Third, now only a portion of our original products from the device are available for combustion. I believe that a portion of O2 will react with some of the gasoline molecules that would otherwise be unused during the power stroke combustion. I believe the enthalpy value for iso-octane C8H18 and oxygen is about -1300 kJ  (anyone know the entropy value of iso-octane or a good place to find it?) Also, I believe that a substantial amount of the O2 and H2 remaining will react as well; assuming the average engine temperature of 75 C, or 348 K, and taking entropy into account, I find that dG is about -370 kJ/mol (but we don't have our original quantity of products). I have yet to take into consideration the dG for the extra combustion of gasoline, because I don't know how to predict how much of the O2 will react with it. I also wonder that since the reactants are highly compressed under pressure (standard compression ratio 10:1), if this will significantly affect my values as well, specifically the enthalpy of the reactions since this scenario is far from the standard state conditions.

So far, with my rough calculations, I am coming up short with the energy needs for this device to actually work.

My chemistry background is limited, but I would enjoy learning new and applicable concepts to "fully" analyze this problem.  Any advice on key ideas that I am neglecting or potential flaws in my thinking or assumptions would be greatly appreciated.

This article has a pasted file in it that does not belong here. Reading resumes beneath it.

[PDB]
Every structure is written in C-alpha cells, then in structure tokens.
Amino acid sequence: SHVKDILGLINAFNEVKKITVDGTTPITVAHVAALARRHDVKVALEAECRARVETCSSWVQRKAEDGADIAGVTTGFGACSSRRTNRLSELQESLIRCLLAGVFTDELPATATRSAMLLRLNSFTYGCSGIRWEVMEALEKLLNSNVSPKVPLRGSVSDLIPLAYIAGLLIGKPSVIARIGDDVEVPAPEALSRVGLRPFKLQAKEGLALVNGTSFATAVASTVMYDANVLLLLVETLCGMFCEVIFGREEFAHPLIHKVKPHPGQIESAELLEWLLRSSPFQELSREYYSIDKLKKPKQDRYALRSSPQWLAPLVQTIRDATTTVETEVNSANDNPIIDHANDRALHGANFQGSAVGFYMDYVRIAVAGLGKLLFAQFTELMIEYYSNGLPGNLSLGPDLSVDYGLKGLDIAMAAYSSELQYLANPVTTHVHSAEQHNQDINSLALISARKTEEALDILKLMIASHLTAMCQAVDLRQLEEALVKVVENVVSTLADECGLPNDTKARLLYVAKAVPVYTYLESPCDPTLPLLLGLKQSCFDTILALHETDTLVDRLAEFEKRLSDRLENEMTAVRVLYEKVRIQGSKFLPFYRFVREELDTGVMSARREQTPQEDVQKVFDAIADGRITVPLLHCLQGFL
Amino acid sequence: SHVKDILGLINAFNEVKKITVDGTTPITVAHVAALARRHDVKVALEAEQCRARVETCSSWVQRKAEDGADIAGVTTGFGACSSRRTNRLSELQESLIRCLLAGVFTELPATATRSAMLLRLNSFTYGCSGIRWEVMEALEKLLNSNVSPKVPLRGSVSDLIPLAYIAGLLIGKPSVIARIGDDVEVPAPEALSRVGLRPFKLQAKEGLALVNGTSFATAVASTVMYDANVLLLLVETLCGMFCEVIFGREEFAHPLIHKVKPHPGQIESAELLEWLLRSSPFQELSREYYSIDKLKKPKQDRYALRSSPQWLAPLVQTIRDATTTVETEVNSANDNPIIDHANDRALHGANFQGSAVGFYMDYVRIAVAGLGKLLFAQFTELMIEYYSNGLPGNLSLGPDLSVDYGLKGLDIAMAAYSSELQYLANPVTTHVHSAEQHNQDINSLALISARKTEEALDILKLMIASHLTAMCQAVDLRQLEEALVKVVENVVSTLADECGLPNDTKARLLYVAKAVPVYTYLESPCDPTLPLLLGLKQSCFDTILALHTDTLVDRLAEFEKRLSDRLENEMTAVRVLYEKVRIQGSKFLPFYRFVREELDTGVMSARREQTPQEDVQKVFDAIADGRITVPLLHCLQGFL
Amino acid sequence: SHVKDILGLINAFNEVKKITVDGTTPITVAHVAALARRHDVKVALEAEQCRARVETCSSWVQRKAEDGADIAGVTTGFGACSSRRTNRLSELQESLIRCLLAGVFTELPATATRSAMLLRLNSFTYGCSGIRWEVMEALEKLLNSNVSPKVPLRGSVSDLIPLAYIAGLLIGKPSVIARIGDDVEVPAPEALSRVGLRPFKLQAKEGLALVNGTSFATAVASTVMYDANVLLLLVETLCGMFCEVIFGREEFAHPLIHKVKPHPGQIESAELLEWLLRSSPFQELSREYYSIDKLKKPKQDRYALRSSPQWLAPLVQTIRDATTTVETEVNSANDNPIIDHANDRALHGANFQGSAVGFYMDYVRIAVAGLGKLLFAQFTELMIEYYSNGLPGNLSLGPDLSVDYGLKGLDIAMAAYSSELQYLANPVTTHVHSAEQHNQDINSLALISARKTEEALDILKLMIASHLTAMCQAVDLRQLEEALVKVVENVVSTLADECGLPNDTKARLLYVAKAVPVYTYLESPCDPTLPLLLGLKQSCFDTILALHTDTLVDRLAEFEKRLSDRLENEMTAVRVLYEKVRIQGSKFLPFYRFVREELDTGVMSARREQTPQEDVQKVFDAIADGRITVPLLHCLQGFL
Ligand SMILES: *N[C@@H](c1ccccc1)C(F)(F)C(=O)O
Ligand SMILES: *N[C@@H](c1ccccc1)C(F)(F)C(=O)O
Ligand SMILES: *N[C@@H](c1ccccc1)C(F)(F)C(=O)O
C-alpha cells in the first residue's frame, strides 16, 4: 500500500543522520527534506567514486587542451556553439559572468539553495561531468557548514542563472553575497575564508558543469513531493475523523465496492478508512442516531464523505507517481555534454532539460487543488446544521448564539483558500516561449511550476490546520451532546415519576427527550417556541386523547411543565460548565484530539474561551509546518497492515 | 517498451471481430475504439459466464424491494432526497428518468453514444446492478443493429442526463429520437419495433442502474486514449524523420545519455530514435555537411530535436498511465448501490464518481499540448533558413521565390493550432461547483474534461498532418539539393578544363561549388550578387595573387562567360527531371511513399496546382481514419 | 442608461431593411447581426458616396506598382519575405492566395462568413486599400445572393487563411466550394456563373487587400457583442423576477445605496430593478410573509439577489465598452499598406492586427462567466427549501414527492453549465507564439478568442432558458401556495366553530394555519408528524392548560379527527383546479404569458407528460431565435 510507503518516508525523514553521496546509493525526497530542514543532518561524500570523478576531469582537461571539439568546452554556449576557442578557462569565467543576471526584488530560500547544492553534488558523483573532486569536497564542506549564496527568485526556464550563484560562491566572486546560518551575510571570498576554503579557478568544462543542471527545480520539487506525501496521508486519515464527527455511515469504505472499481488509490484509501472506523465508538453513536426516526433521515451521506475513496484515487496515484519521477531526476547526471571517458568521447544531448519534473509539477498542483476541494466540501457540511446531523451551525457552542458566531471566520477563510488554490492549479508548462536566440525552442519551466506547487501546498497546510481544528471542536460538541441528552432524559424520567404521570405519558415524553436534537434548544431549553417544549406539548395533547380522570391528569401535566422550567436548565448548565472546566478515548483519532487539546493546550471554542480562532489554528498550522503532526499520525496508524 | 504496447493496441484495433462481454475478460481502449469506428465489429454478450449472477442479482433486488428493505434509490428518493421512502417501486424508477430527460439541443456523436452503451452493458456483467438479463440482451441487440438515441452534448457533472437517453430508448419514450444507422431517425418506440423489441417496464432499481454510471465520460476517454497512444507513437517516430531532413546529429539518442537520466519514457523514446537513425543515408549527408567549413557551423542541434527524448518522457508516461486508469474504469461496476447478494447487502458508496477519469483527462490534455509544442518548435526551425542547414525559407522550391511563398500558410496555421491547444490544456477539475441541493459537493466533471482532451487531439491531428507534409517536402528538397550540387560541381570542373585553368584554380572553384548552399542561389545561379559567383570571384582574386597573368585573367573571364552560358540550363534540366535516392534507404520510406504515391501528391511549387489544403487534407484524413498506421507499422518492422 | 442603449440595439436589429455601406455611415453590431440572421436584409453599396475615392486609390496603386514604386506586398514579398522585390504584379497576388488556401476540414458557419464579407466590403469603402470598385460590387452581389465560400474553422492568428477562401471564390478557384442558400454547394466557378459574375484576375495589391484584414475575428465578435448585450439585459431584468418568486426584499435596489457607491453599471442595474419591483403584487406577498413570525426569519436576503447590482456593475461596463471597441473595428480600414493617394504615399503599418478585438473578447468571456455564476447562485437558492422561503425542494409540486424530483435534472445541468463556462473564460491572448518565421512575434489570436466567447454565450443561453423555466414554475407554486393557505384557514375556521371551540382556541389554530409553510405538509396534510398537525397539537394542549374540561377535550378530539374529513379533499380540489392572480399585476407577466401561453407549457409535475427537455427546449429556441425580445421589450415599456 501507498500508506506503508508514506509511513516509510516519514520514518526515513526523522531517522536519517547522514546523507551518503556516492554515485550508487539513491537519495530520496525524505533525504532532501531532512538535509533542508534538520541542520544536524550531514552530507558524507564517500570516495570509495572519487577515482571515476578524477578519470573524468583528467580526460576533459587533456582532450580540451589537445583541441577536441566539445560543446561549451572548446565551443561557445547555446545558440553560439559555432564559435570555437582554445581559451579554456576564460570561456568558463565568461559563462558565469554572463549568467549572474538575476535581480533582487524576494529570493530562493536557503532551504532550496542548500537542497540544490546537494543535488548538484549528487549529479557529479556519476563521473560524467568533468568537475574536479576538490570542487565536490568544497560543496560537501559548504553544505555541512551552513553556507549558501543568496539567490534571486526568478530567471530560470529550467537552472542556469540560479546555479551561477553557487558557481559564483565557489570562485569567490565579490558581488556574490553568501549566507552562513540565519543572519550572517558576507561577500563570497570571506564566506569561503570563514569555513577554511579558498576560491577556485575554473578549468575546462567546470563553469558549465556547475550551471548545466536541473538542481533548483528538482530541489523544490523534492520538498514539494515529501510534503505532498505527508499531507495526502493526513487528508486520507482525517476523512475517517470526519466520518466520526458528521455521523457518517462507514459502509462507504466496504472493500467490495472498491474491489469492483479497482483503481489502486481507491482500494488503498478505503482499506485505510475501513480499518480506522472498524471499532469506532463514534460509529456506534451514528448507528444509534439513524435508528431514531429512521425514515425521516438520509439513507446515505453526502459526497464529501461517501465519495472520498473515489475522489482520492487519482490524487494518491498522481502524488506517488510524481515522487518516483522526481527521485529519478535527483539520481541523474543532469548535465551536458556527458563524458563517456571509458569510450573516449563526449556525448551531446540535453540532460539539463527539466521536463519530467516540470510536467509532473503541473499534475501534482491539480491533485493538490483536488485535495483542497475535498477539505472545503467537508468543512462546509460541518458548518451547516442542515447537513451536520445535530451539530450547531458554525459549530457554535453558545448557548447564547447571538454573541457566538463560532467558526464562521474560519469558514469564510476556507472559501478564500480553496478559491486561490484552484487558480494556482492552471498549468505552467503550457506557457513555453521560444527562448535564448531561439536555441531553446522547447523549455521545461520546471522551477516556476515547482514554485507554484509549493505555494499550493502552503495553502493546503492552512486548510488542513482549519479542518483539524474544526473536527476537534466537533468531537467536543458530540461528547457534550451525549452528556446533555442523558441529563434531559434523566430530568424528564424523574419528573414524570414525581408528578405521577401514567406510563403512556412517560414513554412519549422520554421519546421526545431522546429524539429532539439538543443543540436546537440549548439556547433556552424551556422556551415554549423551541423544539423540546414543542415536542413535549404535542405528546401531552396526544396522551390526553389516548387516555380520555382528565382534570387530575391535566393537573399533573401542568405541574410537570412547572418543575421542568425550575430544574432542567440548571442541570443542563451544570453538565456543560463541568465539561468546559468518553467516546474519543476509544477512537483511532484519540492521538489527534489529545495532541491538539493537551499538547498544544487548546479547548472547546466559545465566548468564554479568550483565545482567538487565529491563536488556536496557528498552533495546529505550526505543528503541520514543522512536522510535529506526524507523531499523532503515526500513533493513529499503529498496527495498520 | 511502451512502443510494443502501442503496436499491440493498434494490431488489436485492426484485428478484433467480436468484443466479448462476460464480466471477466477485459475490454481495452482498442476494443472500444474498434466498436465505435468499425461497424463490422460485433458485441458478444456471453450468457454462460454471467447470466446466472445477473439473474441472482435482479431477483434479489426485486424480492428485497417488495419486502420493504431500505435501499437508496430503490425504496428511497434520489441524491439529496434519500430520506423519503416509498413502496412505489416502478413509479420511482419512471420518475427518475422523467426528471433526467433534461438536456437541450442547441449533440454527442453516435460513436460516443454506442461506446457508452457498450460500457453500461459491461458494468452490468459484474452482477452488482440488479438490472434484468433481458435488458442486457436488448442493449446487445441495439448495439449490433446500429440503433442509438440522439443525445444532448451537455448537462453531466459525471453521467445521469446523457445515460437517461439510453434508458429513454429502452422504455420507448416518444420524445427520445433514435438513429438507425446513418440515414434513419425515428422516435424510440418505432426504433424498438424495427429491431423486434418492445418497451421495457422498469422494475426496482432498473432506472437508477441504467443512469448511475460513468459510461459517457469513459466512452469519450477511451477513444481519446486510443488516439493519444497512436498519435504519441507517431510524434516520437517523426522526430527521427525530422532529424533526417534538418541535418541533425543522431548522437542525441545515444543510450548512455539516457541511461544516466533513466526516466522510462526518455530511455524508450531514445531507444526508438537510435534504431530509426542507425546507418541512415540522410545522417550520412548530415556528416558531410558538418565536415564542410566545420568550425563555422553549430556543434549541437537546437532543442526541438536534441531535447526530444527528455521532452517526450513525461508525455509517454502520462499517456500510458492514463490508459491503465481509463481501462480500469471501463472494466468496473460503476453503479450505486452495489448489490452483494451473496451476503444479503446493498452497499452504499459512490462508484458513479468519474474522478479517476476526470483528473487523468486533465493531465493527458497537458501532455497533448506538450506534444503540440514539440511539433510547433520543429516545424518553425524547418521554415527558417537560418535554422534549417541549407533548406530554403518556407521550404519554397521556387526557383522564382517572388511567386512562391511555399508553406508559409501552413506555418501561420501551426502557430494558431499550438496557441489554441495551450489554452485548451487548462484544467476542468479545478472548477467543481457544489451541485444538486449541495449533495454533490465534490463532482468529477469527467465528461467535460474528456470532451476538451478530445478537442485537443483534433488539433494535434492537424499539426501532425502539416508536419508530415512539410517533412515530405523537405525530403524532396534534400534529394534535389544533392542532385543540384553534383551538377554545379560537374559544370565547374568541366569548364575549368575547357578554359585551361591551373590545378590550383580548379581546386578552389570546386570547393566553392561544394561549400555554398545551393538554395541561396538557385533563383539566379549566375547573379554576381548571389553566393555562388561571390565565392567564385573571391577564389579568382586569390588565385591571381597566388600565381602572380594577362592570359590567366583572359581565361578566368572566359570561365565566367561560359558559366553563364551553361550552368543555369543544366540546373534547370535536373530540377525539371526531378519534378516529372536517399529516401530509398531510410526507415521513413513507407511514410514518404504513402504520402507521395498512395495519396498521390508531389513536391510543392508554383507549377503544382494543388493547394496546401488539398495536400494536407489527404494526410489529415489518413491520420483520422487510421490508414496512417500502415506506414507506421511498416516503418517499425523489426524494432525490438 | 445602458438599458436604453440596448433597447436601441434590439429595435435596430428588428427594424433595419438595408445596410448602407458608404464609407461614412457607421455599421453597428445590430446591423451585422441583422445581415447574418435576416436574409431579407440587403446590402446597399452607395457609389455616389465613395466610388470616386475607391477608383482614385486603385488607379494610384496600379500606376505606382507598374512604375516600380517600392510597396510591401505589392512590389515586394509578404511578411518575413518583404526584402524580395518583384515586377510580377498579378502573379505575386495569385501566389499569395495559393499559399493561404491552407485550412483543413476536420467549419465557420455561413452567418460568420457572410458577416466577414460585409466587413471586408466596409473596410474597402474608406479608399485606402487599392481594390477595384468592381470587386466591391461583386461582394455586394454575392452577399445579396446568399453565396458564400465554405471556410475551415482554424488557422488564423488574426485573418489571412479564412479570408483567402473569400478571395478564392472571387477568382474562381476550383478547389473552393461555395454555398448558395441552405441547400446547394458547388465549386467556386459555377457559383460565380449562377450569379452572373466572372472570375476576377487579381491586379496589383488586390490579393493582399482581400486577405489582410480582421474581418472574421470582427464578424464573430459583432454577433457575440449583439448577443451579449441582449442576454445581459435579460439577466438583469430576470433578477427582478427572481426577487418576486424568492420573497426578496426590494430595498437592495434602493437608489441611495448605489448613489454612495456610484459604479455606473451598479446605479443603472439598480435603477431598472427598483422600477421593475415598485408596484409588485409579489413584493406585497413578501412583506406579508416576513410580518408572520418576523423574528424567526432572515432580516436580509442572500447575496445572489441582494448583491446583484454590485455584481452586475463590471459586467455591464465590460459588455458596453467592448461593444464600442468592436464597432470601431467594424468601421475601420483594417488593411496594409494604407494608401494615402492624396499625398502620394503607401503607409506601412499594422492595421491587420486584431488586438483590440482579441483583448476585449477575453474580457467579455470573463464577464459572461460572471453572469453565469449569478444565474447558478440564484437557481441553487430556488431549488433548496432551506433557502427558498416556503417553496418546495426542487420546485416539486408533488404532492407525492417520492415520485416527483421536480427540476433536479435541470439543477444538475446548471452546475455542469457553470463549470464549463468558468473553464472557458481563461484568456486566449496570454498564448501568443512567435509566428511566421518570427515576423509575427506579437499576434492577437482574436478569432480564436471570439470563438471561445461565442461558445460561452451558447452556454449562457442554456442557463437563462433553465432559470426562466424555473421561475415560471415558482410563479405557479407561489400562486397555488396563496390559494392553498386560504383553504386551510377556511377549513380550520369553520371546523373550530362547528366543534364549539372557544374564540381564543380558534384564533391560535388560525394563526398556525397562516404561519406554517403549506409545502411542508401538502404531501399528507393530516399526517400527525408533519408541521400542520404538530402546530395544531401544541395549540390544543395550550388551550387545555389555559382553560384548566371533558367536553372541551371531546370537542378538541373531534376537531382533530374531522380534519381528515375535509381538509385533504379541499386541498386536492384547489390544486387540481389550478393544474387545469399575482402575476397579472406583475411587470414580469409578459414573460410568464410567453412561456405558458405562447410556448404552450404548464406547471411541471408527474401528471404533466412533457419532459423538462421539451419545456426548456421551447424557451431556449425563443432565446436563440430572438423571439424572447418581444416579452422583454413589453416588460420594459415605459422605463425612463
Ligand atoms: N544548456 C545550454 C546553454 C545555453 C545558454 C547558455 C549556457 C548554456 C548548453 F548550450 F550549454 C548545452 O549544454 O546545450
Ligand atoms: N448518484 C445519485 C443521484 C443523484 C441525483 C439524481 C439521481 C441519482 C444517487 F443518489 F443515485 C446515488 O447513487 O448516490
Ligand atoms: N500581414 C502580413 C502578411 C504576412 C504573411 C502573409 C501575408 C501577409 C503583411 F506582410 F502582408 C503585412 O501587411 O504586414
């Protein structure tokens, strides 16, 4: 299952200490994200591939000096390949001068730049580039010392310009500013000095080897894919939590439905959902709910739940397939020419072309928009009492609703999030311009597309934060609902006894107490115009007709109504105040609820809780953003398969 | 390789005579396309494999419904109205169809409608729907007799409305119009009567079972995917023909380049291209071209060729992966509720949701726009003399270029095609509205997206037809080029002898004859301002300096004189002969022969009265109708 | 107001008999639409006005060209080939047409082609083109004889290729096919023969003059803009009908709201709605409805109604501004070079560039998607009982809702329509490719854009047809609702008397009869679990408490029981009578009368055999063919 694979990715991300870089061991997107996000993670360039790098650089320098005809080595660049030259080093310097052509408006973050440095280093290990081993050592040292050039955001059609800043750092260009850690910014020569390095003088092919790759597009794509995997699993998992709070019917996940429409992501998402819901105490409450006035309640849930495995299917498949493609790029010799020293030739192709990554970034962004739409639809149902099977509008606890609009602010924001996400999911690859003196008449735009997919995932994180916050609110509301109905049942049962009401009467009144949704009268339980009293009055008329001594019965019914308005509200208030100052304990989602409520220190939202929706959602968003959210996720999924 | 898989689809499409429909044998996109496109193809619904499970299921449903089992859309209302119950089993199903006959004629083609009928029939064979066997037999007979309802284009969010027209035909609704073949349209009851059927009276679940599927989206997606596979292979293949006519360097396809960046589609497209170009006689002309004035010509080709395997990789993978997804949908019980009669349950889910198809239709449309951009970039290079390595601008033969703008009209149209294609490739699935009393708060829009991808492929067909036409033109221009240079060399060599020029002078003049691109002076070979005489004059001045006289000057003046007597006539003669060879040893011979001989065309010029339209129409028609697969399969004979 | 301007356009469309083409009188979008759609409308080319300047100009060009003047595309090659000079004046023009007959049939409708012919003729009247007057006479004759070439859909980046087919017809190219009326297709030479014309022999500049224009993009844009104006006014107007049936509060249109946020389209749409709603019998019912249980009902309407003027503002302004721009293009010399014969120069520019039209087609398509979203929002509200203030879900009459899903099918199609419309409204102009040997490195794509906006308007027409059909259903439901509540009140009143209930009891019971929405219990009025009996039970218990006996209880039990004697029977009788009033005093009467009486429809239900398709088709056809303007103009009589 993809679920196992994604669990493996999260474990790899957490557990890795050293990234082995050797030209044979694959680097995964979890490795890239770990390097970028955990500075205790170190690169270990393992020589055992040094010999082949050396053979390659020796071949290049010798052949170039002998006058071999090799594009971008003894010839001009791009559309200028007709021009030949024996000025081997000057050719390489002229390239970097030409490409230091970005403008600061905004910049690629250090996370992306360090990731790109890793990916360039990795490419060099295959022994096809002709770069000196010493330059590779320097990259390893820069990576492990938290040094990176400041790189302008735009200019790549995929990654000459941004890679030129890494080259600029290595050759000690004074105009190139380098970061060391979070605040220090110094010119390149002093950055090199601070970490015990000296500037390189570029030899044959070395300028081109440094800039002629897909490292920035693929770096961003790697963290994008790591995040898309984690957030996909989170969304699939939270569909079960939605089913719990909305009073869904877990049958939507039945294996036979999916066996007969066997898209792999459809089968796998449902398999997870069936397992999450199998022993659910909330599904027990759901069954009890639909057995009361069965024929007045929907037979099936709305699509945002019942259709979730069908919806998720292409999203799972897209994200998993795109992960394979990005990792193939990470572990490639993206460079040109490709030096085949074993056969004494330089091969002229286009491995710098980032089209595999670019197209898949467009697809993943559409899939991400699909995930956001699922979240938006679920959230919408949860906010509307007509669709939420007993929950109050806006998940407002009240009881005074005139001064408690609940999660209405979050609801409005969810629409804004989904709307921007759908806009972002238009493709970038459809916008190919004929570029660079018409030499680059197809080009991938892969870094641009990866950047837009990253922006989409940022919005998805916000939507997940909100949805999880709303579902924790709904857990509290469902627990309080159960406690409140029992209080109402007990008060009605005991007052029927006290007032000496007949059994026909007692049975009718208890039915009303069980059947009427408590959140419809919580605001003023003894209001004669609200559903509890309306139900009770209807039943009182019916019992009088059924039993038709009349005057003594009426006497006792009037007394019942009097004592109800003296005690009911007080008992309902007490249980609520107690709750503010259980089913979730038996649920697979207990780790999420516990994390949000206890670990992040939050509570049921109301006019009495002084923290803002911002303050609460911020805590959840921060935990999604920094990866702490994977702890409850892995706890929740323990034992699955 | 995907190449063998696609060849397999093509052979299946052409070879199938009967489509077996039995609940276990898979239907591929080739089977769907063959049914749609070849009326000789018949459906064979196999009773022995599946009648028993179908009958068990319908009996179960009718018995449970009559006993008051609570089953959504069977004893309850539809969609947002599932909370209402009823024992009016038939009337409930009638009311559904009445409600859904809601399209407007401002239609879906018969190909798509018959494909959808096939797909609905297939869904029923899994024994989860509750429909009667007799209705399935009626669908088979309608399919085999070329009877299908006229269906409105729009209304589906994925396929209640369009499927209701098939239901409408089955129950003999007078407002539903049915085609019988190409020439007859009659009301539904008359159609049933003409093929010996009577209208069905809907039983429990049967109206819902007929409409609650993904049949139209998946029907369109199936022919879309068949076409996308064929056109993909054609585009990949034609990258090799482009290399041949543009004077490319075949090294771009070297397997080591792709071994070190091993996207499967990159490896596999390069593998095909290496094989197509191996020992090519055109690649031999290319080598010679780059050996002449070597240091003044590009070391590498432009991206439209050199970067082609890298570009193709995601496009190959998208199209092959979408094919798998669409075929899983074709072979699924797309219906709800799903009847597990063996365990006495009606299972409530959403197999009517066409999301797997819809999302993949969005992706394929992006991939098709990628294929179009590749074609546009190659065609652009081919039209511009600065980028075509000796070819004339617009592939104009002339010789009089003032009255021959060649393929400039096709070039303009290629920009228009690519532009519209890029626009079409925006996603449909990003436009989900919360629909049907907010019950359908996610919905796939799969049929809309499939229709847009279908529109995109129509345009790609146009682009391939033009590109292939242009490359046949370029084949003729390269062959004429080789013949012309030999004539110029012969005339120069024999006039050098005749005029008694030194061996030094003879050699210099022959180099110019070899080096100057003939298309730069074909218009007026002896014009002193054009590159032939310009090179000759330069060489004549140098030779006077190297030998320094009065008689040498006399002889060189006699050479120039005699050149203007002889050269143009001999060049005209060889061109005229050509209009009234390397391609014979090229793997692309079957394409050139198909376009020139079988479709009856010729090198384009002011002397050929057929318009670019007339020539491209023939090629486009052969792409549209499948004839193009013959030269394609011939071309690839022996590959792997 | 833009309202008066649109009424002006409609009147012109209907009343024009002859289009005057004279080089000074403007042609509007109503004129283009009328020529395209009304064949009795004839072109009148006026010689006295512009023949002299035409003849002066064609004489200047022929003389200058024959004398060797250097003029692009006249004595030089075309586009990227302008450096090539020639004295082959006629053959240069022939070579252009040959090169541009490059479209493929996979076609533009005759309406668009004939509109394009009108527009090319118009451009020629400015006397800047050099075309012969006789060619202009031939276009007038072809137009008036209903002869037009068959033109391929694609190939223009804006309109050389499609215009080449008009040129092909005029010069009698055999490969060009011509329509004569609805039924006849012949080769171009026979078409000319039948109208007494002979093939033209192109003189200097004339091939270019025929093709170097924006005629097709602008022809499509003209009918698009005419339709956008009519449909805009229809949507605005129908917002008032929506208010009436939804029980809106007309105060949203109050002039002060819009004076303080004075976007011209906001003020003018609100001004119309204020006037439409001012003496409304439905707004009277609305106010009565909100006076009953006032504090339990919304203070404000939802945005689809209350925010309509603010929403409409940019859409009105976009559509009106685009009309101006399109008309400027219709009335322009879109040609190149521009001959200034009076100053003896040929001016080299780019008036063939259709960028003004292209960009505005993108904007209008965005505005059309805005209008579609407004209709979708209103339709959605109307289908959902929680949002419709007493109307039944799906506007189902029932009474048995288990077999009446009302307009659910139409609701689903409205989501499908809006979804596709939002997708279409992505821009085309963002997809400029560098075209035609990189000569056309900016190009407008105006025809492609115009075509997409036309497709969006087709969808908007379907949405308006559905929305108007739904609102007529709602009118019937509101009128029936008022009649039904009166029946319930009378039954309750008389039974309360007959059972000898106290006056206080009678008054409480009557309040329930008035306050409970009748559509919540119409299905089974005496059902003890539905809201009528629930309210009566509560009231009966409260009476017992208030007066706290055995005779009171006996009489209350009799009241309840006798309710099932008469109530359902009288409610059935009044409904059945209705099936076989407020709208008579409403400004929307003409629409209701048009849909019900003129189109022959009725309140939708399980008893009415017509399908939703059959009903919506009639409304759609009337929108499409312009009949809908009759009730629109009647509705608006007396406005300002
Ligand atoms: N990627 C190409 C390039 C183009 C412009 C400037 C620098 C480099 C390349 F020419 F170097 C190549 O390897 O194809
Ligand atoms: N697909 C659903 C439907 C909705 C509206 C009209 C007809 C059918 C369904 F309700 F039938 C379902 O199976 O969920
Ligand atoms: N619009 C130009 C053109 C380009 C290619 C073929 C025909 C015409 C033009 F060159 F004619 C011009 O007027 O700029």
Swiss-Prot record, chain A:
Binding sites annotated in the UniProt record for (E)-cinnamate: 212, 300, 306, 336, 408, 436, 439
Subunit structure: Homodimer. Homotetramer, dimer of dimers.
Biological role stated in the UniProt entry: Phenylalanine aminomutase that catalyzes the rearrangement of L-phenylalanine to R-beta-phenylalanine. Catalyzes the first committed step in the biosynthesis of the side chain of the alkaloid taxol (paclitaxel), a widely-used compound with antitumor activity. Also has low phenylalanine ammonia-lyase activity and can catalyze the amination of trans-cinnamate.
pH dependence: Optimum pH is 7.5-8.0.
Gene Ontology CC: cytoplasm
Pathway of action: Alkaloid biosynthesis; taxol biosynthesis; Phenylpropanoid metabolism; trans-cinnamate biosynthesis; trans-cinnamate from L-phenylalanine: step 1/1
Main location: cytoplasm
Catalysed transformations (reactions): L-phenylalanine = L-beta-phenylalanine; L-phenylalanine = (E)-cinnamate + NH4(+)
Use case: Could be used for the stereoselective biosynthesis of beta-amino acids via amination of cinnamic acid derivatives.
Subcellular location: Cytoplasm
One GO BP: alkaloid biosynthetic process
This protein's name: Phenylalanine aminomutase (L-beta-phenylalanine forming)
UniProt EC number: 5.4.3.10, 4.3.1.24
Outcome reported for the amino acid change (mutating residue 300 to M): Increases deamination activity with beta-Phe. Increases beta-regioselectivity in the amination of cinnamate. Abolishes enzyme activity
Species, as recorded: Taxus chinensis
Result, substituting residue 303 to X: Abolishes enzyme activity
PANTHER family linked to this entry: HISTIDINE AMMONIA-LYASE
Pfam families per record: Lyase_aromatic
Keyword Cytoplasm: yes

Buffordboy23
« Last Edit: July 15, 2008, 12:46:02 PM by tamim83 »

Offline buffordboy23

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Re: Analysis of improving automobile fuel economy via water electrolysis
« Reply #1 on: July 07, 2008, 12:33:05 PM »
I was curious and decided to search the academic literature to see if their was any publications about this device.  Surprisingly, I did come across an article that describes the device that I am trying to analyze.  Unfortunately, it is not very quantitative, yet my perspective on the issue has become more optimistic.  Moreover, the authors cite three sources that support using hydrogen as a combustion enhancement.

For interested readers, the article's citation is listed below.

Z. Dulger, K.R. Ozcelik.  Fuel economy improvement by on board electrolytic hydrogen production.  International Journal of Hydrogen Energy.  25, (2000), 895-897

Offline aveon blitz

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Re: Analysis of improving automobile fuel economy via water electrolysis
« Reply #2 on: July 08, 2008, 11:12:50 AM »
I have built a system and installed it in one of my vehicles, the increase in efficiency was about 33%(from a maximum of 15mpg to a maximum of 20mpg) i have found that my system can produce about 400ml of the hydrogen oxygen mixture in one minute. although this may be enough to increase the efficiency of the engine, i have an alternative idea of why it increases efficiency.